Justin Williams had a total of 76 points (31 goals, 45 assists), Cory Stillman had a total of 76 points as well, notching 21 goals and scoring 55 assists (tying Staal for most on the team). The captain Rod Brind’Amour netted 31 goals and added 39 helpers for a total of 70 points and winger Erik Cole scored 59 points (30 goals, 29 assists).
Newly signed Ray Whitney had an excellent season with 55 points and Matt Cullen, signed in 2004, had 49. Defenseman Frantisek Kaberle tallied 44 points, with six goals and 38 assists (most assists by a defenseman on the team).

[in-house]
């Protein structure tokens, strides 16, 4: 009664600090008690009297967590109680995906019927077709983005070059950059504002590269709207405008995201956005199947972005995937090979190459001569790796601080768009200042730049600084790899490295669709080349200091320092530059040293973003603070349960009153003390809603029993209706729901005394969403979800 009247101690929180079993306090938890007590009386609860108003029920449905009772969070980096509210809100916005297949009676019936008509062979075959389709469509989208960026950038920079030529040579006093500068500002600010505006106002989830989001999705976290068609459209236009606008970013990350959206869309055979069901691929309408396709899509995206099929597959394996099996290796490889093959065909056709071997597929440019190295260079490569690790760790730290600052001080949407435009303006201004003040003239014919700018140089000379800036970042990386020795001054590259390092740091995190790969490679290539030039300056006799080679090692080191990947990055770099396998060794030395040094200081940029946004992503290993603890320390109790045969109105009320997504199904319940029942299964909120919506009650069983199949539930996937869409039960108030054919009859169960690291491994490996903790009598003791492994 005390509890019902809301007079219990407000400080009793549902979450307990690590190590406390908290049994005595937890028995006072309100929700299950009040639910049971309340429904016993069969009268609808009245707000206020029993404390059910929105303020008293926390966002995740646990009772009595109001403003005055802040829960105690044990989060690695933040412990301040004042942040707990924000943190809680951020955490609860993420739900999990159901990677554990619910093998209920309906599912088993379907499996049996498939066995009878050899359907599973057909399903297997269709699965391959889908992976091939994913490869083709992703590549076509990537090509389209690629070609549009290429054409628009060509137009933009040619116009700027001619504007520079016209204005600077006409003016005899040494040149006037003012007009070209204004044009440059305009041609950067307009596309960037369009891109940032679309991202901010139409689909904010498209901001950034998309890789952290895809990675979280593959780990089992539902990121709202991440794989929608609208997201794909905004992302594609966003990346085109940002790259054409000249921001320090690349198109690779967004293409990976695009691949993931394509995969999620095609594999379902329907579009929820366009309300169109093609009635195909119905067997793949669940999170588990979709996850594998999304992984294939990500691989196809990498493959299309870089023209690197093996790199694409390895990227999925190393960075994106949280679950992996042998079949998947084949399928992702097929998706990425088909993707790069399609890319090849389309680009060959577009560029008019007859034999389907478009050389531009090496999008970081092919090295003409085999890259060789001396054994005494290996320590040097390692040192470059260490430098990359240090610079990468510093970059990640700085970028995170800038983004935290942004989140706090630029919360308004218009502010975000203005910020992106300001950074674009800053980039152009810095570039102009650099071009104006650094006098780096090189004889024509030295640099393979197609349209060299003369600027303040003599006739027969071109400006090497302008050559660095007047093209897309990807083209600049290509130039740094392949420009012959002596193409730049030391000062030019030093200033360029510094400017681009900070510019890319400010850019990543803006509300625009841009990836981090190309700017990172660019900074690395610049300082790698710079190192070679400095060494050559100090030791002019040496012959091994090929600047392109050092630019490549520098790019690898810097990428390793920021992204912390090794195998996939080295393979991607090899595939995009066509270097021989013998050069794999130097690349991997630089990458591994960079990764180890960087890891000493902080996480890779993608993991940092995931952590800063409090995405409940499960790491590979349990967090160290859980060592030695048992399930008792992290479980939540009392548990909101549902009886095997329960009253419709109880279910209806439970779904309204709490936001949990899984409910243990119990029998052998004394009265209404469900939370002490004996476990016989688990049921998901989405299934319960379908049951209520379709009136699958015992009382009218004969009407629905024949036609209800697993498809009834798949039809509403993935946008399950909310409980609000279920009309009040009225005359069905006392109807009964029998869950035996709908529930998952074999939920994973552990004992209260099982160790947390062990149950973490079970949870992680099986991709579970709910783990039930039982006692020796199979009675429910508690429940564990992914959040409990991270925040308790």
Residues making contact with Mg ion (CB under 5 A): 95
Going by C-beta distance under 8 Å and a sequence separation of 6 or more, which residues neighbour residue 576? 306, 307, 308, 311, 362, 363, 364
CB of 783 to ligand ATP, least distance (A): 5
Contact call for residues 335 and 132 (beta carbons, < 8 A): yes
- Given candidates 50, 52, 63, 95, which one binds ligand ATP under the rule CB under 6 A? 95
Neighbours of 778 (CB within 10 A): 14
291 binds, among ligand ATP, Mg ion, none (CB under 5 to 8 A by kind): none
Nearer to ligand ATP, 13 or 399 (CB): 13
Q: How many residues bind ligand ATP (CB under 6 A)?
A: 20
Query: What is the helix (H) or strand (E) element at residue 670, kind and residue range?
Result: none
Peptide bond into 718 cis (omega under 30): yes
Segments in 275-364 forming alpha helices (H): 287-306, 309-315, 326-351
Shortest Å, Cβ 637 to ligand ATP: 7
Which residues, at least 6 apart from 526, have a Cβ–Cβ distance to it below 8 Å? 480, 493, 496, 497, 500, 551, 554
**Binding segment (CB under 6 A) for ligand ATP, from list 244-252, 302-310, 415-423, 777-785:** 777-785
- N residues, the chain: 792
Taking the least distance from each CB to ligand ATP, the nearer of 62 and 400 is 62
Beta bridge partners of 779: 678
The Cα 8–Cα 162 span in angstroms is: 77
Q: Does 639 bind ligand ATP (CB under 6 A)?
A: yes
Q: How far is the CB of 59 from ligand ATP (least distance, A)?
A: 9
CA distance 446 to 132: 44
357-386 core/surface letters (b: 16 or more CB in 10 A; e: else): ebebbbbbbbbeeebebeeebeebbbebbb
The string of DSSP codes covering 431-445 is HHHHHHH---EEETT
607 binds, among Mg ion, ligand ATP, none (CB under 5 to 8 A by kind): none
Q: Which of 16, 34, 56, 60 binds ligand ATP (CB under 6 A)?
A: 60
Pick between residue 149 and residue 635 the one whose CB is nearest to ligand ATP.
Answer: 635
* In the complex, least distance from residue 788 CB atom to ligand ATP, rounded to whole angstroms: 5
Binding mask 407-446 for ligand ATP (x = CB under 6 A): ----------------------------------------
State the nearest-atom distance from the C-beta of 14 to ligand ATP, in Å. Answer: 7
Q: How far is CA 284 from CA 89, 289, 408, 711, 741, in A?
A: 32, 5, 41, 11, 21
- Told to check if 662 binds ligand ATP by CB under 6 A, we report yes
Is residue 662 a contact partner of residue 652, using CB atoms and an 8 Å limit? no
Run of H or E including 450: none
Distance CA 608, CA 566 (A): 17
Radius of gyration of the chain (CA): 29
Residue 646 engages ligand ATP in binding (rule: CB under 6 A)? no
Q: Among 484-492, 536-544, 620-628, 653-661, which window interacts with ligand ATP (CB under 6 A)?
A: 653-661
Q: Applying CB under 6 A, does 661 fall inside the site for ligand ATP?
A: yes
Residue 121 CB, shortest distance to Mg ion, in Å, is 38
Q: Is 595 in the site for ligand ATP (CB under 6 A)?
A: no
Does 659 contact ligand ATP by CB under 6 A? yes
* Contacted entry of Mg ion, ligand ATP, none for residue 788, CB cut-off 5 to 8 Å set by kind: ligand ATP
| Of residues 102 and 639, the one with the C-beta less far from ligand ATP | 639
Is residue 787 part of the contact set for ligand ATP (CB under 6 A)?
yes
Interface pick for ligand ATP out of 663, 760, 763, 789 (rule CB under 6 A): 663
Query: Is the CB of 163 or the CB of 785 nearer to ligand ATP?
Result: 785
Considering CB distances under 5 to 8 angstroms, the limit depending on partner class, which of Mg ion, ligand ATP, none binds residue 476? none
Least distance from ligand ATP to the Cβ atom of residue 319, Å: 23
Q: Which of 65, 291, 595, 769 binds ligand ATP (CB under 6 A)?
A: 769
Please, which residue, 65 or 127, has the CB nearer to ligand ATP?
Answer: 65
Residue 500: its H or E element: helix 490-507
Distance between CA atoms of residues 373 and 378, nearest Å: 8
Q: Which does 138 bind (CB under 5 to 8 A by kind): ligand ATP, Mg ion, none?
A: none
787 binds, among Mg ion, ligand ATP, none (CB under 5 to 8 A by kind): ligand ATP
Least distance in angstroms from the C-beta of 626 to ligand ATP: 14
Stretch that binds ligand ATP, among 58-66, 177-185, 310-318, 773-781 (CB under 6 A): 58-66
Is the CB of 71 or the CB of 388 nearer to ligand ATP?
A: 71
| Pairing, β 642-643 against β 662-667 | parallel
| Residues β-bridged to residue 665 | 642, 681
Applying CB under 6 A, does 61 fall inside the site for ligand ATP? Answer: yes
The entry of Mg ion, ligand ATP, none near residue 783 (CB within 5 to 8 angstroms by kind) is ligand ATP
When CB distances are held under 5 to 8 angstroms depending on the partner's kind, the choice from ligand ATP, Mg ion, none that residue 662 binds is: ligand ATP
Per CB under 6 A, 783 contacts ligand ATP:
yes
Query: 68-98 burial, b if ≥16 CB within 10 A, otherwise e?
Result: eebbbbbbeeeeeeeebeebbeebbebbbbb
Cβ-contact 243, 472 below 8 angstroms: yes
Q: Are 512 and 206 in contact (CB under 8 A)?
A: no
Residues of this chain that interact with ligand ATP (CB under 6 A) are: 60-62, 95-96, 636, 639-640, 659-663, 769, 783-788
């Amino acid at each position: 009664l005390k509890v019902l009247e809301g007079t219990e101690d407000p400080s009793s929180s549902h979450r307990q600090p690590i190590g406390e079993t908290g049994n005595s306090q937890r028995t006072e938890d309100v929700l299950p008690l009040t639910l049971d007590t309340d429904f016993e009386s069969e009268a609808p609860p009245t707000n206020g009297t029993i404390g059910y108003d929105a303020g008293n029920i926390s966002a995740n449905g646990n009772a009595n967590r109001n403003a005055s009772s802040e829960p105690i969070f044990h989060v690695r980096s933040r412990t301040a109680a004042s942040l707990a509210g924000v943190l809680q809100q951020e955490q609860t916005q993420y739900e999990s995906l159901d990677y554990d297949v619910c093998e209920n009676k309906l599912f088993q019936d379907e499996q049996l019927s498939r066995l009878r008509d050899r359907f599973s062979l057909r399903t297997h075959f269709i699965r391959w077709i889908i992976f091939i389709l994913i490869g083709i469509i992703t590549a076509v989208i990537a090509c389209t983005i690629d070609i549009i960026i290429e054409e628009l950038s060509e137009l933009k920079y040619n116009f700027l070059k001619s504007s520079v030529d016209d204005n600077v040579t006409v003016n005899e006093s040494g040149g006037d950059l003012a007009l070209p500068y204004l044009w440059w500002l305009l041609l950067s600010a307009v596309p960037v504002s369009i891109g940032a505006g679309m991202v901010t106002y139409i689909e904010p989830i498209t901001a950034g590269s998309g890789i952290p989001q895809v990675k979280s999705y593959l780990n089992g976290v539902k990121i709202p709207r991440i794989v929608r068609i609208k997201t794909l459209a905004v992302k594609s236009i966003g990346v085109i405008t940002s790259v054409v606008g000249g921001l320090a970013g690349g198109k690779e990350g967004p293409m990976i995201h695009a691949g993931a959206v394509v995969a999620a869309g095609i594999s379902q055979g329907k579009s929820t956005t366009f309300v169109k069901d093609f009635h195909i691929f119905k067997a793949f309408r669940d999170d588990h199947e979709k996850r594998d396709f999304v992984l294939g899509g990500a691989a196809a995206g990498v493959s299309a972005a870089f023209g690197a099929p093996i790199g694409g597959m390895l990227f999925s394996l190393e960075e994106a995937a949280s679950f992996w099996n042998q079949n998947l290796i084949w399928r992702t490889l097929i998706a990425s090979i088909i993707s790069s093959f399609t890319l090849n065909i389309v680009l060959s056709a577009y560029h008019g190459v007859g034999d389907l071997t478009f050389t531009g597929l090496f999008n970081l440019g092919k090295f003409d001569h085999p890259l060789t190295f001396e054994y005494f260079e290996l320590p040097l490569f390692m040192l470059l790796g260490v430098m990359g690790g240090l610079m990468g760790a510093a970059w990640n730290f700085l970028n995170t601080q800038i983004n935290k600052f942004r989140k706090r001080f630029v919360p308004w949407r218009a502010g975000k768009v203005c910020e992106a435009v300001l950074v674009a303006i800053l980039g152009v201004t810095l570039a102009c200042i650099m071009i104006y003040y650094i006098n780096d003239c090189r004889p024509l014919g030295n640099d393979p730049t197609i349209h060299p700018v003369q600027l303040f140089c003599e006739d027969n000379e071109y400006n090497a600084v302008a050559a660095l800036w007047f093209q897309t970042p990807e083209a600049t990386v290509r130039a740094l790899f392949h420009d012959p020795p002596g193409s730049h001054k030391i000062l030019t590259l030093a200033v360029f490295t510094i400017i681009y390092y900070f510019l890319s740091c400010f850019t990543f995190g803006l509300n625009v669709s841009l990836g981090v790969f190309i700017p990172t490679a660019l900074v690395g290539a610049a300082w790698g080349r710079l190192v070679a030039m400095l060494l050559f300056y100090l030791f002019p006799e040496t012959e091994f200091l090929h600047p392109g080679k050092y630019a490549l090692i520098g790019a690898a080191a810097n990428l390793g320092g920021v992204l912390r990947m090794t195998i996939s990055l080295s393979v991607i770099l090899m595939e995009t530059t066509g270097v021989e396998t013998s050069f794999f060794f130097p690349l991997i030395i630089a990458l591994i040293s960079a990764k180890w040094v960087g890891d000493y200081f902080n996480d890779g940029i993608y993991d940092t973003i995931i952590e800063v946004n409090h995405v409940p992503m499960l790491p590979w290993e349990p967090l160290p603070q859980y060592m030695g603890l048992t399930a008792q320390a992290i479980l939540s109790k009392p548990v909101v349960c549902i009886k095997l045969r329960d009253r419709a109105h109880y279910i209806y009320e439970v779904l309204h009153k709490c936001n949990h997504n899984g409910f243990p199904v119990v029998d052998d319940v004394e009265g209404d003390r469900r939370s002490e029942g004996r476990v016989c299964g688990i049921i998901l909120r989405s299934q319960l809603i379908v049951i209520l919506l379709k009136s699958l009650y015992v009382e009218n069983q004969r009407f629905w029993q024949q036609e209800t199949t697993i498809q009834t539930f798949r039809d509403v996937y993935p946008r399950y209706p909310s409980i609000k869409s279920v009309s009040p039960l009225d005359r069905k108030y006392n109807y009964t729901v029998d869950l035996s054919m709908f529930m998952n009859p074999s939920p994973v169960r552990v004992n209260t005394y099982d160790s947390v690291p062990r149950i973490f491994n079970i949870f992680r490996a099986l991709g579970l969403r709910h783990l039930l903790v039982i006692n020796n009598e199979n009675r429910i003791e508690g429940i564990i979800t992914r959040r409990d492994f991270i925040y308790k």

In-Season Additions (Trades or Signings)
In December of 2005, the Hurricanes traded Colin Forbes to the Washington Capitals in exchange for Stephen Peat and also traded Pavel Brendl to the Arizona Coyotes (then the Phoenix Coyotes), for Krys Kolanos. In January, the Canes sent Danny Richmond to the Chicago Blackhawks in exchange for Anton Babchuk. Later that month, the Hurricanes were involved in a five-man deal with the St. Louis Blues. In this trade, Carolina shipped off Jesse Boulerice, Mike Zigomanis, and Magnus Kahnberg in return for Doug Weight and Erkki Rajamaki.
Come the NHL trade deadline in March, the Hurricanes had one final trade left to make. Mark Recchi was acquired from the Pittsburgh Penguins, with the Canes sending Niklas Nordgren and Krys Kolanos the other way.
Postseason Competition and Playoff Performers